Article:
Code breaker 

Making Sarah Marshall memorable

For better or worse, I’ve never made many assumptions about women based on movies women are supposed to really like. And I say that as someone who has watched Titanic at least 25 times. I do notice a lot of the same features from movie to movie in this category, however. One of them is that if you want to get a girl back you have to have some saintly business on the side that she accidentally gets wind of somehow and sees you doing. Then she’ll hop right back into your arms. It’s one of the laws of the Meg Ryan universe.

On the other hand, there are volumes of secret man-knowledge lying around for the taking in any movie with the name Jud Apatow attached as director or producer. By successfully grafting romantic comedy (female) to raunchy frat-house comedy (male) in 40-Year-Old Virgin and Knocked Up, he’s fashioned a genre that seems to appeal to men and women equally. For men—particularly twentysomethings who live or have lived with their stoner buddies in a permanent state of adolescence—the Apatow oeuvre sparkles with moments of recognition. For women I bet these same moments sparkle with revelation: There’s no secret male code involving weed or erections Apatow and his disciples won’t give away for a cheap laugh.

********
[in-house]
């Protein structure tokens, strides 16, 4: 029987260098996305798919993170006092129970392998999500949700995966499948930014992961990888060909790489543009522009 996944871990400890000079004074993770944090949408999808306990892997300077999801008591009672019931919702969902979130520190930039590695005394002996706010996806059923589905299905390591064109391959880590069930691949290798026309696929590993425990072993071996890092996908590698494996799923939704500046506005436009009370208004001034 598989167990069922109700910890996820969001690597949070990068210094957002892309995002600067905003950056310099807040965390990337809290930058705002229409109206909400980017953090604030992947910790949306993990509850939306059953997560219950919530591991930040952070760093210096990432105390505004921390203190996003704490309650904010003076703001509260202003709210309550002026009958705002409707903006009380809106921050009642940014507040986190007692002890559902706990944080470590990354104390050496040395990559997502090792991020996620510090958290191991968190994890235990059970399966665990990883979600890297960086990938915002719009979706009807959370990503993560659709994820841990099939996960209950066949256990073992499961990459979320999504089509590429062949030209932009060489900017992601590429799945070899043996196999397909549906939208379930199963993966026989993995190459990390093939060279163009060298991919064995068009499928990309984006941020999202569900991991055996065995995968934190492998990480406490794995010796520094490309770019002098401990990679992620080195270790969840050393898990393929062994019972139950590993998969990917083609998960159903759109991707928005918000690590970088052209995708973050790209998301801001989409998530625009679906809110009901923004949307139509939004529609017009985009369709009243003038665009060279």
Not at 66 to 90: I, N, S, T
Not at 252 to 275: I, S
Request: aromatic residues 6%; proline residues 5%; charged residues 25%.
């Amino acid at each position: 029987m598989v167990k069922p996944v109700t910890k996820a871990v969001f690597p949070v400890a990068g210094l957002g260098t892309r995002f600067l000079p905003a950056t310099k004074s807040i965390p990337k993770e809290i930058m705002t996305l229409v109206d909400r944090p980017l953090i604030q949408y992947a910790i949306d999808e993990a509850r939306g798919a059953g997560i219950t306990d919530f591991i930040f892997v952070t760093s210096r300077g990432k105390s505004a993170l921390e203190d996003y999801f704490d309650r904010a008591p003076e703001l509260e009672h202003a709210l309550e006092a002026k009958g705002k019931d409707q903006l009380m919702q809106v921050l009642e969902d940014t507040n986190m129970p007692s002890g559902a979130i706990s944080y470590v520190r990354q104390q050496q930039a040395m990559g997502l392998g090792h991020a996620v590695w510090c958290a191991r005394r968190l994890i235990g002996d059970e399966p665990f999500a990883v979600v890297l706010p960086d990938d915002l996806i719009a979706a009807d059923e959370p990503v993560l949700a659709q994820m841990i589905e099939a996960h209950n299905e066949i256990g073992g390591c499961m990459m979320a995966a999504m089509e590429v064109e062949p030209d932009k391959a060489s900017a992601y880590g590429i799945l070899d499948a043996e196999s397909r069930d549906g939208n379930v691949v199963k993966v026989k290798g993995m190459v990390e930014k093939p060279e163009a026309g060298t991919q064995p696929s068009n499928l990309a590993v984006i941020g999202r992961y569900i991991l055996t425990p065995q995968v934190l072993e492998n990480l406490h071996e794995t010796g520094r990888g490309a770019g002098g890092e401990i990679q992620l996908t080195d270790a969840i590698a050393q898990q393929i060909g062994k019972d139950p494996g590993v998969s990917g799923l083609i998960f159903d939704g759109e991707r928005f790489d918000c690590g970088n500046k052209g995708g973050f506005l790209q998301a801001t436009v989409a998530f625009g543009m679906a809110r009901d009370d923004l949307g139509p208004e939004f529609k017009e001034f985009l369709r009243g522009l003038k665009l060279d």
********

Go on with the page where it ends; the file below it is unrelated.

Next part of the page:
Forgetting Sarah Marshall is the story of Peter Bretter (Jason Segal, who also wrote the screenplay), a television composer with a famous actress girlfriend (Kristen Bell) who dumps him for a British rock musician (Russell Brand). For a change of scenery Peter takes a trip to Hawaii, where he’s mortified to find his ex and her new flame having a romantic getaway at the same resort. Luckily, hot resort receptionist Rachel (Mila Kunis) takes pity on him and lets him stay in a $6,000-per-night suite for free and, well, one thing leads to another with her. In other words, Forgetting Sarah Marshall is the ultimate male-fantasy breakup scenario, from the confidence-restoring round of one-night stands (never happens in real life; women can smell desperation like cheap cologne) to the instant love match with a gorgeous new somebody we meet while trying to get away from the heartbreak. There’s also the revenge: No breakup fantasy is complete without a refusing-the-offer-to-get-back-together coda.

Forgetting Sarah Marshall is on a par with 40-Year-Old Virgin and Knocked Up, a little less crude than either but raunchy enough. In fact, if you’re a guy, you might think Segal has been spying on you.
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